Monasteries at Moghalmari | 14 Jan 2020

Why in News

Recently, a study of inscriptions on clay tablets excavated from Moghalmari have confirmed the presence of two monasteries.

  • Moghalmari is a Buddhist monastic site of the early medieval period in West Bengal’s Paschim Medinipur district.
  • Chinese traveller Xuanzang (more widely identified as Huen Tsang), who visited India in the 7th century CE, referred to the existence of ‘ten monasteries’ within the limits of Tamralipta (modern day Tamluk in adjoining Purba Medinipur district). However, he did not refer to any specific name or location.

Key Findings

  • Presence of two monasteries- Mugalayikaviharika and Yajñapindikamahavihara at Moghalmari.
    • Six tiny fragments of inscribed seals found contain a set of letters accompanied by the deer-dharmachakra symbols.
    • The inscriptions are in Sanskrit and the script is a transitional phase between later north Indian Brahmi and early Siddhamatrika.
    • The first name on the seals - Yajñapindikamahavihara, implies etymologically ‘a place of sacrificial offering’.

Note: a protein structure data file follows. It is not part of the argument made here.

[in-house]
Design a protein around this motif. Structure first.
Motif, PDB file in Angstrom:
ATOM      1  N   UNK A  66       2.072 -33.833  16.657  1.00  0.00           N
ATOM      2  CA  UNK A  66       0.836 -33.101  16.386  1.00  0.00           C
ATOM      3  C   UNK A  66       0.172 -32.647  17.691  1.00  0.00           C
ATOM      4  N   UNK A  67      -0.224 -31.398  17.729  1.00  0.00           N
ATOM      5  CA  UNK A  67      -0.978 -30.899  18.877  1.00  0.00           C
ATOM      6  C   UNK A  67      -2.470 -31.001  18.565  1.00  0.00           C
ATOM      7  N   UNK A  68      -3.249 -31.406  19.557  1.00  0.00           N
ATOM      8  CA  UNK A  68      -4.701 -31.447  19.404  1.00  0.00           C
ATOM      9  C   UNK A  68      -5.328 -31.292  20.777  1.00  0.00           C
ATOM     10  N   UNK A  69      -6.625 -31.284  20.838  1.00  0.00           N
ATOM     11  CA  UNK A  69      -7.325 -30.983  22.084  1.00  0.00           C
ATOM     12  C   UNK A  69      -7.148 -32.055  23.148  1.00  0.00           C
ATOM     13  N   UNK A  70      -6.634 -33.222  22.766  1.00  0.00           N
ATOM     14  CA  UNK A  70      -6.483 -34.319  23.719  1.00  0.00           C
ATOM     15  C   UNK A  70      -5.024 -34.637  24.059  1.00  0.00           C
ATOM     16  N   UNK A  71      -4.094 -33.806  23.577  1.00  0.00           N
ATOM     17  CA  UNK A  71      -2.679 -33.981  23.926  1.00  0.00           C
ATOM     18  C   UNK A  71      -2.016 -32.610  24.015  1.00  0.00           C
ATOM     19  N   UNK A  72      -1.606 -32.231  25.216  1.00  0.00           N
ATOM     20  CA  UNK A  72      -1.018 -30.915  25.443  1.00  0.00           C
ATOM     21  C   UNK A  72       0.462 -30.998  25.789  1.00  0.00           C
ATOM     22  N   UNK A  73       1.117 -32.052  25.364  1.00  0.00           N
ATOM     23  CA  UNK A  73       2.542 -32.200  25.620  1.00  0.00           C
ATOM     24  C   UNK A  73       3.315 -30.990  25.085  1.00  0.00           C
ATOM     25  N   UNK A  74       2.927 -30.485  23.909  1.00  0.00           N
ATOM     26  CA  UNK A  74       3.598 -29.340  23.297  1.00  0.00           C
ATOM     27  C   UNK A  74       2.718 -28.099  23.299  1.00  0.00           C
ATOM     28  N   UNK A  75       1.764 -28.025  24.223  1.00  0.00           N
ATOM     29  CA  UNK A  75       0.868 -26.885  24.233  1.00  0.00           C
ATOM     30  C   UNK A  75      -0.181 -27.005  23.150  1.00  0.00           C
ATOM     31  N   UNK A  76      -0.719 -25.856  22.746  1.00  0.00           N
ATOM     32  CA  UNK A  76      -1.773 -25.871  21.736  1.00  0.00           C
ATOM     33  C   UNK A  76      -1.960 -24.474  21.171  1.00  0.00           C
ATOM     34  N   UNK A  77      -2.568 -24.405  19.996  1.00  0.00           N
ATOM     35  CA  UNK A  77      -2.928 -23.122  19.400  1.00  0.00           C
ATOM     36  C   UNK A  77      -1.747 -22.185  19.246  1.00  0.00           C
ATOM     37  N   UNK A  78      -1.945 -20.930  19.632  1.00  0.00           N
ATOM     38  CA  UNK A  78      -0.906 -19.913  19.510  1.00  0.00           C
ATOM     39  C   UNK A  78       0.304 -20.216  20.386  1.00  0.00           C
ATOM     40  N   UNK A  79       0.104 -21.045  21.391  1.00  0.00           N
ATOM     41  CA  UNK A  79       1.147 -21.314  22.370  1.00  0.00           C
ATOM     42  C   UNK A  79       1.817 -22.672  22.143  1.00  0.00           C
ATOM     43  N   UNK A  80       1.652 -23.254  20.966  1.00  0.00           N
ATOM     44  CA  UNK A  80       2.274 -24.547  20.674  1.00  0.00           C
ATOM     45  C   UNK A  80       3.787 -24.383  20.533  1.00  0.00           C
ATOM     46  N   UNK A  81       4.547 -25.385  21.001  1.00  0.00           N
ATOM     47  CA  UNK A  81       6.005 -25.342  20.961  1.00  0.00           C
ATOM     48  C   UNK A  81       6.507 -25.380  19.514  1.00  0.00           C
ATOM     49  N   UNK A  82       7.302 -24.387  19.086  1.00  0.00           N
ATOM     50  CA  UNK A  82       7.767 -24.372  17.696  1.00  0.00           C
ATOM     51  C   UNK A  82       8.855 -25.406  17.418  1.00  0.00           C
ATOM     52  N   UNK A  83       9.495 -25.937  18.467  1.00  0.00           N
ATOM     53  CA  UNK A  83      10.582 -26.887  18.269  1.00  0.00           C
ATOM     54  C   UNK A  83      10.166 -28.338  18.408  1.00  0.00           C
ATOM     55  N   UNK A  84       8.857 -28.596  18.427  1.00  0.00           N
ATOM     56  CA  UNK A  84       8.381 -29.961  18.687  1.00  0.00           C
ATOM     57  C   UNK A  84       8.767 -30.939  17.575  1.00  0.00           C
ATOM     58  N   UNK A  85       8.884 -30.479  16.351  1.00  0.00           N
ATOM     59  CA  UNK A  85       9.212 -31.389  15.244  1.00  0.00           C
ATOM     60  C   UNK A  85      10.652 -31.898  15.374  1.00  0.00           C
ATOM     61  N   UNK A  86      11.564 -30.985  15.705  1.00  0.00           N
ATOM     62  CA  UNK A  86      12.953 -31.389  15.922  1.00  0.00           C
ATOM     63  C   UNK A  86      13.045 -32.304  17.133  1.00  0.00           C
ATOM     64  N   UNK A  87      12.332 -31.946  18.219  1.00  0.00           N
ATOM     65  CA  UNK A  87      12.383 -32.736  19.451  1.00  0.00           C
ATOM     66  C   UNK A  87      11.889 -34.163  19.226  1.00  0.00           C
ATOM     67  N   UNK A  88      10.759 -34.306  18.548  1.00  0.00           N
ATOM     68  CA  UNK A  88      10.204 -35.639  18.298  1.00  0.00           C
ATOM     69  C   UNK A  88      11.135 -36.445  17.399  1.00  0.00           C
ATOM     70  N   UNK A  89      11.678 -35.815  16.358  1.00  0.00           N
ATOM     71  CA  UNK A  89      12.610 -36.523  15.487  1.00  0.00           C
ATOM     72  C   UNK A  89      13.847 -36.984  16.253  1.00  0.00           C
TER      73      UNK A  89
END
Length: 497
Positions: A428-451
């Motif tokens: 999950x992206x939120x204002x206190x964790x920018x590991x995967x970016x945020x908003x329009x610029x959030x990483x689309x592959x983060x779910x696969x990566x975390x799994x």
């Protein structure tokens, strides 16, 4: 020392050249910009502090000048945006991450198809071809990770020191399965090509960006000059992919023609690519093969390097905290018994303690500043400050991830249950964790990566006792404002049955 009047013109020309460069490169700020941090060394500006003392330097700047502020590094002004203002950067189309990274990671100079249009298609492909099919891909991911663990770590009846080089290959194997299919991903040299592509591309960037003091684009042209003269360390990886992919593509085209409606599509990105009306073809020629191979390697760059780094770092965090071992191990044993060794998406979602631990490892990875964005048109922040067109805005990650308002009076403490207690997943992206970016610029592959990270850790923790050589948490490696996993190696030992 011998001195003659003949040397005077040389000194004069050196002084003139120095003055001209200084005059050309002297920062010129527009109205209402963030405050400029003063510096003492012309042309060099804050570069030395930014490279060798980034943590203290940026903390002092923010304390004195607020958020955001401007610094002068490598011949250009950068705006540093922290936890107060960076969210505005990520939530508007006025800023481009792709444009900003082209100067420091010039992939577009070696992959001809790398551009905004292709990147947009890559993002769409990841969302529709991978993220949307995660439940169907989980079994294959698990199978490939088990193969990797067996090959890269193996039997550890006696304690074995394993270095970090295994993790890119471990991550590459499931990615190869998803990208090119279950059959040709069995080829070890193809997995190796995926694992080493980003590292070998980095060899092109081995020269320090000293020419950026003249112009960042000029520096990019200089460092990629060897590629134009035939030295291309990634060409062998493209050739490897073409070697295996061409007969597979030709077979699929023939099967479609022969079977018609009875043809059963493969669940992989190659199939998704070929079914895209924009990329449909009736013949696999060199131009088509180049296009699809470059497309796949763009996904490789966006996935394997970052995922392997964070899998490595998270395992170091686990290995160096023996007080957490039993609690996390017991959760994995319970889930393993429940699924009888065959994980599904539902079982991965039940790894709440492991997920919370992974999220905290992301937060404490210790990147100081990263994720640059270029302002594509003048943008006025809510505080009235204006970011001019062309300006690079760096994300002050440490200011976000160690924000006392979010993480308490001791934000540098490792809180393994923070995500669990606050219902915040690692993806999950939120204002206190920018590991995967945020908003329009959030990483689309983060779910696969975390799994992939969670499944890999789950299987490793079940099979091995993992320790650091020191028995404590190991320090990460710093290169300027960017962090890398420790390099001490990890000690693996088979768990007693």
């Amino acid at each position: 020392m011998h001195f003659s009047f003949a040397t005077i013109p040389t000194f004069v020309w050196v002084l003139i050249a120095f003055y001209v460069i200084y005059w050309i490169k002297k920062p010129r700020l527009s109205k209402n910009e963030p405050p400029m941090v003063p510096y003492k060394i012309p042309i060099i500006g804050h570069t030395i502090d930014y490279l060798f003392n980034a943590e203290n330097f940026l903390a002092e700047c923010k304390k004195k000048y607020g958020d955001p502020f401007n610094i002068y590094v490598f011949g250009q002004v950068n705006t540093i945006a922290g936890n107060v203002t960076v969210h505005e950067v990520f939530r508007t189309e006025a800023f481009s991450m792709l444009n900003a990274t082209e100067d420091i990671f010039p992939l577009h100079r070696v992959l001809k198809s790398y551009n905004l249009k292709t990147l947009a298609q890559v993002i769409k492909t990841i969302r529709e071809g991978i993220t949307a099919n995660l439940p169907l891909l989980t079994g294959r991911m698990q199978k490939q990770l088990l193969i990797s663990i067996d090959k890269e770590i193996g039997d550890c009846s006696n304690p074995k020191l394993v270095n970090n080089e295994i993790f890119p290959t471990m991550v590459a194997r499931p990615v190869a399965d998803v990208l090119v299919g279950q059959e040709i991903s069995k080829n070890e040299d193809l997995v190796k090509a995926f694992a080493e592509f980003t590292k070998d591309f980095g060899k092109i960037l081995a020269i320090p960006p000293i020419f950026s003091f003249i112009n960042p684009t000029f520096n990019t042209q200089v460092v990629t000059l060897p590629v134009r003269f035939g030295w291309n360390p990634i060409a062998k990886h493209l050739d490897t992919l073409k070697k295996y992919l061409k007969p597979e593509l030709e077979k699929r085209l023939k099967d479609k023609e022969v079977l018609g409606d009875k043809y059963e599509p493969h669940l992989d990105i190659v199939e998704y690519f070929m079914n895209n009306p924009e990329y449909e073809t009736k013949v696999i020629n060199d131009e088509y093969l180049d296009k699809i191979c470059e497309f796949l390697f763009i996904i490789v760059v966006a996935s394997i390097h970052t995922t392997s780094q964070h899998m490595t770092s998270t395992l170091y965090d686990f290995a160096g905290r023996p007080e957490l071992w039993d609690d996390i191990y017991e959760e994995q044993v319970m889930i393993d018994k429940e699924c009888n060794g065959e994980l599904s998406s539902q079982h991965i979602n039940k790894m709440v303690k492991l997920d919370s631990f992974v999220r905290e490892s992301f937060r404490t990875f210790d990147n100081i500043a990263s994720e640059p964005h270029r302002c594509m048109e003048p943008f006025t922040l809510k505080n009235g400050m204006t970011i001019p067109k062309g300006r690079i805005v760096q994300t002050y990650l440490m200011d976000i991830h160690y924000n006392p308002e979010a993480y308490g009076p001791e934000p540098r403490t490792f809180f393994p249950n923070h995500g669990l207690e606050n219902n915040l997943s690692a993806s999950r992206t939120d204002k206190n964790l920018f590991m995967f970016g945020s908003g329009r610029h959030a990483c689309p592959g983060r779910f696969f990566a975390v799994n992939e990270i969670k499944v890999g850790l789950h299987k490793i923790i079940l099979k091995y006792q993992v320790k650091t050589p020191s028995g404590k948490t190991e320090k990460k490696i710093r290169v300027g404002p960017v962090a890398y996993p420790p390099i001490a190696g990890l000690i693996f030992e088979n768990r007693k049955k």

• The second name on the seals, Mugalayikaviharika, bears a phonetic resemblance to the modern name of the site, Moghalmari.
  • The monasteries at Moghalmari date from the 6th century CE and were functional until the 12th century CE. The presence of two monasteries dating to the same period within a single compound is unique in eastern India.
  • Inscriptions supports the point that Buddhist monasteries have a definite hierarchy — Mahavihara, Vihara and Viharika.

Brahmi and Siddhamatrika

  • The oldest deciphered inscriptions belong to the late 4th century BCE and are in Brahmi and Kharoshthi.
  • These include those of Maurya emperor Ashoka, which are in a number of different languages and scripts, but mostly in the Prakrit language and Brahmi script.
  • The different stages of Brahmi script are often labelled on the basis if dynasties, e.g. Ashokan Brahmi, Kushana Brahmi and Gupta Brahmi.
  • In the late 6th century, Gupta Brahmi evolved into a script known as Siddhamatrika or Kutlia.
  • The modern north Indian scripts such as Devanagari gradually emerged out of Siddhamatrika.

Source: TH